Why the US must Lead at Reducing Carbon Emissions

Sir David Attenborough, British naturalist and broadcaster, recently issued an urgent call to action on climate change at the World Economic Forum in Davos, Switzerland:

The only conditions modern humans have ever known are changing and changing fast. It is tempting and understandable to ignore the evidence and carry on as usual or to be filled with doom and gloom…. We need to move beyond guilt or blame and get on with practical tasks in hand.

In response to his call to action, we tried to determine which nations are leading to reduce their CO2 emissions. We’ve searched out facts on trends for CO2 emissions of advanced/developed countries. Here they are, along with some analysis. We will focus on:

  • Which nation has been most effective at reducing CO2 emissions at the highest rates recently? 
  • Which nation should be leading this effort?
  • Why the leading emitter must reduce emissions at a rate never done before?
  • A few changes that must happen for us to achieve our climate change goals.

Who has been most effective at reducing CO2 emissions at the highest rates recently?

Table 1 shows countries listed as ‘advanced economies’ by the International Monetary Fund, along with their annual average rate of CO2 emissions during 2010-2017 [a] [b].

It is important to consider trends in annual GDP growth rate when considering average emissions rates because CO2 emissions are linked with GDP growth for most countries. For Italy and Spain, GDP growth remained negative until 2014 according to the data here. For Denmark and UK, GDP growth remained consistently positive since 2010. Thus, we can consider Denmark and UK to be effective at reducing their CO2 emissions.

Who must lead? 

Since climate change is driven by cumulative CO2 emissions in the atmosphere, it is important to look at the countries in Table 1 from the perspective of how much each country contributes to global emissions.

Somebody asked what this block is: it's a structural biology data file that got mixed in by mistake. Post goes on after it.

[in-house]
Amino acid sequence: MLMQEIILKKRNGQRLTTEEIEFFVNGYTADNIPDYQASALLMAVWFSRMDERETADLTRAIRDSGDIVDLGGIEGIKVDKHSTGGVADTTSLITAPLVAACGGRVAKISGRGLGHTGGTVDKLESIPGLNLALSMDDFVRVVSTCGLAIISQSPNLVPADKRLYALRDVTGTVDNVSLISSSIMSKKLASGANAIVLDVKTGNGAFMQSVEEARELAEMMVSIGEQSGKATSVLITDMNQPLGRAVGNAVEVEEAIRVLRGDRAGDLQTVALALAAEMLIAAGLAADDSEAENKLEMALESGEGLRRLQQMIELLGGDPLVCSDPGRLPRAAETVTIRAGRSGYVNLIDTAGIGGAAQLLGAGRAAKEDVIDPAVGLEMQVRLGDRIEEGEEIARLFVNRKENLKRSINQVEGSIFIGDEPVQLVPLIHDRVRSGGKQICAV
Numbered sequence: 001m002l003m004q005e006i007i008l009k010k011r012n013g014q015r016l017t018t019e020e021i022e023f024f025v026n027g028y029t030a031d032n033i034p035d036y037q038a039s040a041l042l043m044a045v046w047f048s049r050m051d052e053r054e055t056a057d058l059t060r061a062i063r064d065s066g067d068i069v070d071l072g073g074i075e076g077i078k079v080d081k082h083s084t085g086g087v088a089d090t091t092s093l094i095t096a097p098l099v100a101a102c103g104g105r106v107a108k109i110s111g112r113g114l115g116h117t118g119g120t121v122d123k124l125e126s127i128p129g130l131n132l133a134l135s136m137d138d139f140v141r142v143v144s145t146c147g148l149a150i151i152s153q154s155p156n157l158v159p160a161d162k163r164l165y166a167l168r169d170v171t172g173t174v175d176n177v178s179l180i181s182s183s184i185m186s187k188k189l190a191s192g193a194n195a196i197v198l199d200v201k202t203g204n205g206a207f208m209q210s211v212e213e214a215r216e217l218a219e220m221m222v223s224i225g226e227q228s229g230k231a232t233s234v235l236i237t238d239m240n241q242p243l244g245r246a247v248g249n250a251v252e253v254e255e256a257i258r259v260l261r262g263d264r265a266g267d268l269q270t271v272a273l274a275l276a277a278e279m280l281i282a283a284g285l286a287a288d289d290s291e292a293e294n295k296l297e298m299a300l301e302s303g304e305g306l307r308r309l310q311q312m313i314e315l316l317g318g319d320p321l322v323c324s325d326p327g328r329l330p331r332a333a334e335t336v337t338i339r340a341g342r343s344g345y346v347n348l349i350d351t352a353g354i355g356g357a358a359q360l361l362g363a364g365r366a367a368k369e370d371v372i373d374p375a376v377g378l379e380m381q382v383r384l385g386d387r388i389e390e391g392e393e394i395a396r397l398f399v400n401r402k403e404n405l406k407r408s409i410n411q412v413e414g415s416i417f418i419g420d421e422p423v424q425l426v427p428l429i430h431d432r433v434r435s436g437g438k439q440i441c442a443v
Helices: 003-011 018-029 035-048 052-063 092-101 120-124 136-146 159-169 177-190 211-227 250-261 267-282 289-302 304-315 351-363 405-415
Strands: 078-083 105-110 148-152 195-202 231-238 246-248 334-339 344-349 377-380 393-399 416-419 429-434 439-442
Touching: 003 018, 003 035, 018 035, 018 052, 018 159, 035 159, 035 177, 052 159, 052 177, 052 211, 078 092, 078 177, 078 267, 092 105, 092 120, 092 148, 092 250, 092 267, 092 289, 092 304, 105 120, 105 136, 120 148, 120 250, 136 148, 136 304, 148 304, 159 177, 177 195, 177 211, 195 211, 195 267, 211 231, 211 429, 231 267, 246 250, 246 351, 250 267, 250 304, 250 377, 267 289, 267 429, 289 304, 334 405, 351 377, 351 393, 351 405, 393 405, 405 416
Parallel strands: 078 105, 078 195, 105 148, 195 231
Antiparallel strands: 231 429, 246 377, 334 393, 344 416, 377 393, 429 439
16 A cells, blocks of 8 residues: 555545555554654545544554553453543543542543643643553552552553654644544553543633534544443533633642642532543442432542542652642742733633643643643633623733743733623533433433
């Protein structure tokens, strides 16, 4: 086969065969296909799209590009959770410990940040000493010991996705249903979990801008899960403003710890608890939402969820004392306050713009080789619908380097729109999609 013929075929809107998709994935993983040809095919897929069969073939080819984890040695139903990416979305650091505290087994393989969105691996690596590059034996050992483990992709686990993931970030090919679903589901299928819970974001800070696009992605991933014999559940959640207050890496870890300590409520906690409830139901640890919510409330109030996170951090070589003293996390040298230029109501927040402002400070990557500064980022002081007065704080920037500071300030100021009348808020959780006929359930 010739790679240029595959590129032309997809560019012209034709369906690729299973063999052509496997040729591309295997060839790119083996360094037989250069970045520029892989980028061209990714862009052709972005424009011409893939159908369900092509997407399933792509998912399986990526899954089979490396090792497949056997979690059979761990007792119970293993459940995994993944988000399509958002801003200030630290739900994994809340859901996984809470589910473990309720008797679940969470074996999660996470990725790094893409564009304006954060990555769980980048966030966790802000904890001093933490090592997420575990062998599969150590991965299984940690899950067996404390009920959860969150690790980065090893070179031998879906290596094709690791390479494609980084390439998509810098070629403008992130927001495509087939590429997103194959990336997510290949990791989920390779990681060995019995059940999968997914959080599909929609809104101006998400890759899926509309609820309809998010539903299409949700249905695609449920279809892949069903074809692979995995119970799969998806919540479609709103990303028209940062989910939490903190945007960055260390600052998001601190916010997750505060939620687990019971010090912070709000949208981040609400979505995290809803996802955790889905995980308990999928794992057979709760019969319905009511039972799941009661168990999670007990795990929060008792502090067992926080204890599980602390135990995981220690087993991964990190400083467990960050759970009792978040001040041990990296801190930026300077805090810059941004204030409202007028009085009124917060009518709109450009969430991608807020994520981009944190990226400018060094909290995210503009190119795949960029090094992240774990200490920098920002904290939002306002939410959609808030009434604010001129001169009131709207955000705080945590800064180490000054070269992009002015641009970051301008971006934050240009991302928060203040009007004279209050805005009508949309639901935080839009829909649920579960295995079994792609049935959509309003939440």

Table 2 lists countries by their share in global CO2 emissions. We’re only considering countries with approximately 1% or more share of global CO2 emissions in 2017. You’ll see that the US leads all other advanced nations by a large margin; see the cell in red.

Note that the US has also the largest population. Maybe the largest population is why the US is the top CO2 emitter?

This is where a country’s CO2 emissions per capita help to see the whole picture better, since it normalizes variations in emissions due to population differences [c].

We see in Figure 1 that the US has the second highest per capita CO2 emissions rate.

Having the largest population and the 2nd highest per capita emissions among advanced countries makes it a priority for the US to reduce CO2 emissions[d].

But at what rate do we need to be reducing our emissions? Would it be enough if the US was as effective as Denmark & the UK at reducing emissions?

The race is on! The US must reduce emissions faster than any nation

The UK has a similar standard of living as the US. What if we aimed for their per capita emissions, reducing emissions at their rate (2.9% annually)? How long would that take? Figure 2 shows that it would take us 33 years, by 2050.

What if we sped up to Denmark’s emissions reduction rate (3.9% annually)? It looks like it would take us 24 years, per Figure 2, assuming of course that we had started in 2017.

the US has got to do better than matching UK’s per capita CO2 emissions levels. We need to aim for net zero per capita emissions before mid-21st century.

Australia and Canada have increasing CO2 emissions trends (0.1% and 0.8% annually) on average and have among the highest per capita emissions (16.6 and 15.3 metric tons). Reducing per capita emissions has to be a focus for them as well.  

Exactly how fast?

If we are to take the recommendation of the October 2018 report from the Intergovernmental Panel for Climate Change (IPCC) seriously, the US has got to do better than matching UK’s per capita CO2 emissions levels. We need to aim for net zero per capita emissions before mid-21st century. This statement is guided by one of the main recommendations from the October 2018 IPCC ‘Summary for Policymakers’ report.

In model pathways with no or limited overshoot of 1.5°C, global net anthropogenic CO2 emissions decline by about 45% from 2010 levels by 2030, reaching net zero around 2050.

We are going to repeat this. To avoid bringing the average global temperatures above 1.5C, worldwide CO2 emissions must become net zero by the year 2050, and each country is responsible.

If our goal isn’t just to match the UK’s annual per capita emissions of 6 metric tons, but to get to zero metric tons by 2050, how fast will we need to go? Looking at Figure 2, 8% annually will get us to 1 metric ton per capita. This is a rate seen never before.